Virtues of Volunteering

How to Volunteer at the Hawaiian Humane Society

Maile Morrell, Reporter

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Dave Robinson grasped the leash holding Donnie, a dog up for adoption at the Hawaiian Humane Society (HHS), who refused to sit still for a picture. This energetic pup was rescued in January 2018 and was cleaned and taken care of during his time at the shelter.

Robinson, like the over 600 other active volunteers for the HHS, works diligently to care for the various animals that come through the shelter. “I can do dog walking. I help with adoptions. I help wash dogs; whatever they need help with,” said Robinson. “I prefer to walk dogs. They get some time out of here; it helps calm them down.”  

Elaine Uemura a volunteer at the hawaiian humane society, carrying a dog up for adoption. Photo by Jo Ann Mastin.

Elaine Uemura has been volunteering with the Humane Society for about six years. “I’m crazy right? I come every day,” Uemura said. “There’s no such thing as running out of things to do.”

The HHS campus has grown significantly in the past couple of years and construction at the organization signifies development to their already expansive facilities. The non-profit continues to recruit volunteers for various work within the shelter and during special events such as Petco adoptions and the annual PetWalk fundraisers at Magic Island.

“Volunteers do everything for us,” said Humane Educator, Shayna Vi. “They do all different things, that includes: cat socialization. We have people who are allergic to both cats and dogs, but they love animals so they do admin tasks. We have people who just do laundry and grooming.”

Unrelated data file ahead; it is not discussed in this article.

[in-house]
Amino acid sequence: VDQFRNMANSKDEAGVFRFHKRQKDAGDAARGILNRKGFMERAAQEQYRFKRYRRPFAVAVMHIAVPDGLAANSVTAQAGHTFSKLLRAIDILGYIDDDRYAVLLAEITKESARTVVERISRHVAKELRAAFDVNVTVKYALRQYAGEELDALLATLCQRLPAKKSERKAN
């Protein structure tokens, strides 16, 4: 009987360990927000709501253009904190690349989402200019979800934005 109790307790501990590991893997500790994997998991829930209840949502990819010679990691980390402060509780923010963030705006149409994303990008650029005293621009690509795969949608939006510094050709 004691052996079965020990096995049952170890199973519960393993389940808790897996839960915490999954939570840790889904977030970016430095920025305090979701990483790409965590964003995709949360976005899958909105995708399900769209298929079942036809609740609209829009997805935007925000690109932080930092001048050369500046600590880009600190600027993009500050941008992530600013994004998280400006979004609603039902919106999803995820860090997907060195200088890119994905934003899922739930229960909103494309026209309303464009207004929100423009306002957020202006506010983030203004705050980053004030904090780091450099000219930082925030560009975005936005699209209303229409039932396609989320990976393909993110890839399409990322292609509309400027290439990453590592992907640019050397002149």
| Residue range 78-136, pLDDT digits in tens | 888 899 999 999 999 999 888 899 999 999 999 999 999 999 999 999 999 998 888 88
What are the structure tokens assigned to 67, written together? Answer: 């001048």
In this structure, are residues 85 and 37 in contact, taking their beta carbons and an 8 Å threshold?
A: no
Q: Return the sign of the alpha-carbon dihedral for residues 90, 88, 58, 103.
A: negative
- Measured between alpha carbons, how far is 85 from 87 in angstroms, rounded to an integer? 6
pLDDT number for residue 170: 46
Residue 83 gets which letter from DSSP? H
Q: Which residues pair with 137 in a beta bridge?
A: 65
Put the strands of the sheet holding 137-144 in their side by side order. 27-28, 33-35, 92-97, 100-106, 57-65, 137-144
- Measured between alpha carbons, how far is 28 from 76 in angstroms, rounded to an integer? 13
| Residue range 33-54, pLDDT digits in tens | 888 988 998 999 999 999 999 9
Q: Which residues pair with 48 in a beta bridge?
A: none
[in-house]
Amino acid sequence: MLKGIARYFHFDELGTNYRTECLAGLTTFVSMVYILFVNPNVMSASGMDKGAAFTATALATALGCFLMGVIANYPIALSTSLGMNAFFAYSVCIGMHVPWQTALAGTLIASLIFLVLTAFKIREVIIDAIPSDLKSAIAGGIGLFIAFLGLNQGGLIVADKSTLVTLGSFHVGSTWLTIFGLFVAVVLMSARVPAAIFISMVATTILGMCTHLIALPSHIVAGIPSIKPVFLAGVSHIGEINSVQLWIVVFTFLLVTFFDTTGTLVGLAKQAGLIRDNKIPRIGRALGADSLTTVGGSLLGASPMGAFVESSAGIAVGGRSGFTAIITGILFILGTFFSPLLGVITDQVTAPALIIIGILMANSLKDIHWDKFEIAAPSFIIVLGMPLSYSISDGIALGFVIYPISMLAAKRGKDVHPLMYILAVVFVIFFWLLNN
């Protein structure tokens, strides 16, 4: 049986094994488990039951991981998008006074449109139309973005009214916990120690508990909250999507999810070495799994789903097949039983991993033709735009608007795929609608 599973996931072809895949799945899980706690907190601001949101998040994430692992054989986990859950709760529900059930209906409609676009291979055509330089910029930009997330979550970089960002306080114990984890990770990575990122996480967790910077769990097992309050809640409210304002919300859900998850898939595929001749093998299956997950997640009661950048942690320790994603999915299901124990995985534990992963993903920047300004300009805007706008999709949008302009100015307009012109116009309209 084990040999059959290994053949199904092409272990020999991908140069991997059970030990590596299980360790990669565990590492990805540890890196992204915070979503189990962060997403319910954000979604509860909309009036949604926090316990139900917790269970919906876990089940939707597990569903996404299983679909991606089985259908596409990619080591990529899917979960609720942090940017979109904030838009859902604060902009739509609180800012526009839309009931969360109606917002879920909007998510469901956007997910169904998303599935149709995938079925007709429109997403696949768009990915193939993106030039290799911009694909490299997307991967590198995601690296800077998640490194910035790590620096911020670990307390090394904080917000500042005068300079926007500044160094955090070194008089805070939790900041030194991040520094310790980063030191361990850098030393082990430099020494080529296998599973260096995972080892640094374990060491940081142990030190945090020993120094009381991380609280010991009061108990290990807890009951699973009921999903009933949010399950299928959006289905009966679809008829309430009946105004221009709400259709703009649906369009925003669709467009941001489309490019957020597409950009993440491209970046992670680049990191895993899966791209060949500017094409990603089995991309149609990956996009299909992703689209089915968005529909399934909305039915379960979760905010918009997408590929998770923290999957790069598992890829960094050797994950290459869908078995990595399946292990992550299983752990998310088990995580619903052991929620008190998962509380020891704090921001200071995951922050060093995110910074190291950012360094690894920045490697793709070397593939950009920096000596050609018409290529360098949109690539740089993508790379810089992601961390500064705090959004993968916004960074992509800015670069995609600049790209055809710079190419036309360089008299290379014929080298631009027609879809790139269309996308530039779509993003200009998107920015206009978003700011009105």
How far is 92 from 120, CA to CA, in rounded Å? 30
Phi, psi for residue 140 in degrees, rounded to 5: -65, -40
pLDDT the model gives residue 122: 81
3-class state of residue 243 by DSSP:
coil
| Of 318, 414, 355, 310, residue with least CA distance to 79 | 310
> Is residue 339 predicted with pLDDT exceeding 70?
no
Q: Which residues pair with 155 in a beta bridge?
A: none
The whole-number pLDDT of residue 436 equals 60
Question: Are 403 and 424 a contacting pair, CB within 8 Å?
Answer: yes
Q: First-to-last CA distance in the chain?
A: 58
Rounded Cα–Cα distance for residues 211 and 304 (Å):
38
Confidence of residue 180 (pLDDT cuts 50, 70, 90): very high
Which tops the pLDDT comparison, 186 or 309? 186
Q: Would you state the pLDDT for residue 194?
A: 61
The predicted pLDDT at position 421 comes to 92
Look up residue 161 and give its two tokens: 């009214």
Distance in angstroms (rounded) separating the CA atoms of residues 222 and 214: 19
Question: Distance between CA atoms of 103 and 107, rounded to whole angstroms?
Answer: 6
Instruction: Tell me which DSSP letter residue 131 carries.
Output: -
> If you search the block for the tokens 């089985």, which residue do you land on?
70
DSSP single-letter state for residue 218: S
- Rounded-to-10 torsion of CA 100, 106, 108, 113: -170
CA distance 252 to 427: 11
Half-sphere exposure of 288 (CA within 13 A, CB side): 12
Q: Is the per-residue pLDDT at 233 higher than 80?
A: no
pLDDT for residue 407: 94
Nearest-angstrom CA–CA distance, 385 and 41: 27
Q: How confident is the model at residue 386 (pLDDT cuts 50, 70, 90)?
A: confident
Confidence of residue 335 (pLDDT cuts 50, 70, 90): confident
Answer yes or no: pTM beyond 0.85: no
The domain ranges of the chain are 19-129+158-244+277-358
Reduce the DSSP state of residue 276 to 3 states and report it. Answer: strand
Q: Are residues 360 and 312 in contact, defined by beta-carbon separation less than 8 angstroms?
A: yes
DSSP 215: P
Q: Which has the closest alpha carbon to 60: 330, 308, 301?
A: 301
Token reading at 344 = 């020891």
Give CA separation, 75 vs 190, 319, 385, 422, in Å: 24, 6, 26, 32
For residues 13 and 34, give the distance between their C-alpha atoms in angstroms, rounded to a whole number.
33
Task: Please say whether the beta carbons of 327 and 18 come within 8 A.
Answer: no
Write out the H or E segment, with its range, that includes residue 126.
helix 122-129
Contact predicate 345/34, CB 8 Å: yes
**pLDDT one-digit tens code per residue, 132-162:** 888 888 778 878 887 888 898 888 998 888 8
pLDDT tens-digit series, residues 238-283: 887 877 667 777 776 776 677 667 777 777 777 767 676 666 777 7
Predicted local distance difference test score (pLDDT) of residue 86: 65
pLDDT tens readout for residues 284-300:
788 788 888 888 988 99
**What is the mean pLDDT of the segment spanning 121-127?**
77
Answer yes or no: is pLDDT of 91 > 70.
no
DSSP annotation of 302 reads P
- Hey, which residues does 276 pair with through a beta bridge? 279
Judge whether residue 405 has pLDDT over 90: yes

Foster care is also an option for individuals who want to temporarily care for an animal in their own homes. When space is tight at the shelter, the Humane Society turns to foster care. “The community would come and pick an animal… and hold that cat, dog, etc. in their house for a couple of days while we manage to get all the other ones adopted, and then they’ll bring them back,” Vi said. Veterinary care, food, litter, and other necessary supplies are provided by the organization. Last fiscal year, 1,759 animals benefited from foster care, “It’s extremely rewarding,” said Vi.  

All volunteering opportunities can be found on their website where applicants can get information about available positions and submit the necessary paperwork. Orientations are completed as training for new volunteers and give participants a chance to practice handling various types of animals. Even children eight to fourteen years old, can volunteer as long as they are accompanied by their parents, forming family teams.  

There’s a job for almost anyone at the Humane Society, and they continually look for volunteers. “We would not be the organization that we are today without our amazing volunteer bank,” said Mandi deSouza, the Humane Education Manager. Being involved with the Hawaiian Humane Society fosters their mission to promote the human-animal bond and the humane treatment of all animals.

To become a volunteer, visit their website: